Austin Powers bolstered the myth of Brits having crooked, yellow gnashers
Austin Powers bolstered the myth of Brits having crooked, yellow gnashers

British people have no worse teeth than Americans, study says

Study entitled 'Austin Powers bites back' finds that, in some respects, Britons actually have better dental health

Joel Gunter
Wednesday 16 December 2015 19:29

If there is one thing that separates the British from the Americans in the popular imagination it is teeth. Their smiles reveal perfectly straight gleaming white pearlers while our mouths are crammed with crooked yellow gnashers.

But now scientists have found that this long-standing joke about the UK’s challenged orthodontistry is a myth.

Research published in the British Medical Journal found that not only is the oral health of British citizens no worse than our American counterparts, it is in some cases better.

The study – entitled “Austin Powers bites back” – looked at the number of missing teeth, respondents’ perceptions of their own oral health, and the impact the quality of their teeth had on daily life – including pain, difficulty eating, and avoiding smiling.

They found that the average number of missing teeth was significantly higher in the US (7.31) than in England (6.97), although British people reported that the state of their teeth had a higher impact on daily life.

British dental 'appreciation'

  • The Simpsons: In an episode of The Simpsons, Ralph Wiggum is scared into brushing his teeth properly when a dentist shows him “The Big Book of British Smiles” – complete with photographs of yellowing and even bloodied teeth.
  • Austin Powers: That most British of spies, Austin Powers, wakes from his cryogenic sleep with a set of 1960s pearlers that horrify his US allies. “Since you’ve been frozen there have been fabulous advances in the field of dentistry,” he is told.
  • Family Guy: Family Guy is merciless in its mockery of just about everything, and the British are no exception. In an episode called “Chap of the Manor”, set in the UK, the family are portrayed as British. Alongside a full set of stereotypes, the characters have terrible, gap-filled teeth. In another episode, British character Nigel Pinchley is portrayed with a huge overbite.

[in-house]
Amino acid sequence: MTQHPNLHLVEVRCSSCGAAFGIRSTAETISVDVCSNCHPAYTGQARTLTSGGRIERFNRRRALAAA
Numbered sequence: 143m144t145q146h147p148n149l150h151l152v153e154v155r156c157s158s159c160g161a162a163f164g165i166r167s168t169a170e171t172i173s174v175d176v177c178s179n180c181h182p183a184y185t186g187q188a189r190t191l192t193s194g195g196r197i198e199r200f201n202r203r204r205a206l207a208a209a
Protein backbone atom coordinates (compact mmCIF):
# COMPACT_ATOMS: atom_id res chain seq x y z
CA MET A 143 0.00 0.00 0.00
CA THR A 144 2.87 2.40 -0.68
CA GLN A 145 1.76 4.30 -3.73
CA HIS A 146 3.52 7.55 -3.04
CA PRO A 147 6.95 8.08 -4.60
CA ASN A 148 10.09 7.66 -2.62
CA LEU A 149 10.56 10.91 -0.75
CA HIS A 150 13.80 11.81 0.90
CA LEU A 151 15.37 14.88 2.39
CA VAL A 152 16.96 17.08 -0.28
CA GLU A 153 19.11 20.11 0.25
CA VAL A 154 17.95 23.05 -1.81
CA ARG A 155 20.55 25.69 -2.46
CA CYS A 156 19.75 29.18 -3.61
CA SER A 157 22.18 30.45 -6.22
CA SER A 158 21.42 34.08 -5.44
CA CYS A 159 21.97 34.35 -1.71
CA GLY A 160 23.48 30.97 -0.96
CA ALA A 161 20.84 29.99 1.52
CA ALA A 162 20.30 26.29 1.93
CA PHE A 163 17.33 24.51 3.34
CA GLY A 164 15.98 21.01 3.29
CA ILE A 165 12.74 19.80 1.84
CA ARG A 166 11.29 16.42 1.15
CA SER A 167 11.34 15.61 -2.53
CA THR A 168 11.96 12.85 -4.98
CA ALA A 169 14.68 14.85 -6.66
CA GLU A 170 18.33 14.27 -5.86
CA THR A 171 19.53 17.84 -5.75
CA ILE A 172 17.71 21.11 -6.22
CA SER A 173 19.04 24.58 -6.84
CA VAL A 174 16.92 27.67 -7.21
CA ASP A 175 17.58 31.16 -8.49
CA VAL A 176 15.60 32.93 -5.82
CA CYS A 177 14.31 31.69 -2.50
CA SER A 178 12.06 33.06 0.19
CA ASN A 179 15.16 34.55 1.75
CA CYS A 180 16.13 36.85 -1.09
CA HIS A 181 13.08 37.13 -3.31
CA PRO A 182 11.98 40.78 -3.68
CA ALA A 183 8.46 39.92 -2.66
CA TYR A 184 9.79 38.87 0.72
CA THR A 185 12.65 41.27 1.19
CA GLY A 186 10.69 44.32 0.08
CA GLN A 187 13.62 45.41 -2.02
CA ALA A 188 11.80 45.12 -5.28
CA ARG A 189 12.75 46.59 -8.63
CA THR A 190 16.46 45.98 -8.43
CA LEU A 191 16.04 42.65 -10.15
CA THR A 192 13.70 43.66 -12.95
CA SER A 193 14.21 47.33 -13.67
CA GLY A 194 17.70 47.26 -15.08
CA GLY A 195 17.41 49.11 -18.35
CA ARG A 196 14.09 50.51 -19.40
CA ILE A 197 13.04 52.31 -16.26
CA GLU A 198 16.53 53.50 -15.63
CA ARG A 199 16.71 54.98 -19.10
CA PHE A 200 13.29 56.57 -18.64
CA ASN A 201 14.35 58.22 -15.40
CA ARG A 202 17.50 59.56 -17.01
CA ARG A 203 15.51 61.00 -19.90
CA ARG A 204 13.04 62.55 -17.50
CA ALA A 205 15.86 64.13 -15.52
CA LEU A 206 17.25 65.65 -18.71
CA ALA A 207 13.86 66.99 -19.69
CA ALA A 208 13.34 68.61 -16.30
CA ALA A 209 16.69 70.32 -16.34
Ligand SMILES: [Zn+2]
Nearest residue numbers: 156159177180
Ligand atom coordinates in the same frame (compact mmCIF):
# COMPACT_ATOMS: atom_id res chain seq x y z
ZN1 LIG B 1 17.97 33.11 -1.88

• The Goldfinch: Donna Tartt’s Pulitzer Prize-winning novel contains an irritating Brit named Everett, who is described as a “goofball” with “bad clothes” and “rabbit teeth”.

Meanwhile, there were greater levels of teeth inequality in the US than in England, with the poorest in America having worse teeth – which the researchers attribute to higher sugar consumption and greater differences in access to treatment and welfare. One “notable difference” was that dentistry in the UK is largely provided by the NHS.

“We have shown that the oral health of Americans is not better than the English, and there are consistently wider educational and income related oral health inequalities in the US compared with England,” the authors write.

Professor Richard Watt, one of the report’s authors and the head of the Department of Epidemiology and Public Health at University College London, added: “There’s a common belief in Hollywood and the media generally that Americans have perfect teeth. But we found that inequality between rich and the poor in the US is much worse than in England. If you’re rich in the US you’ve got nice white straight teeth, but if you’re poor your chances of good oral health are much lower.”

The British have been the butt of dental jokes for at least half a century, sent up for the benefit of US audiences by The Simpsons, Austin Powers, Family Guy and more.

Ricky Gervais said an American journalist praised him for wearing an awful set of false teeth at a film launch, even though he wasn’t

When Ricky Gervais launched his film Ghost Town in 2008 he was complimented by an American journalist on being prepared to wear such an awful set of false teeth – even though he wasn’t.

“He was horrified that I could have such horrible real teeth,” Gervais said. “It’s like the biggest difference between the Brits and the Americans, they are obsessed with perfect teeth.”

Many date the malign reputation to US soldiers returning from England after the war with horror stories of pre-NHS smiles. Professor Watt said the study is the first of its kind, but conceded it may not put paid to the long-standing joke about British teeth. “I’m not sure it will completely dispel the myth,” he says, “perhaps it’s a start.”

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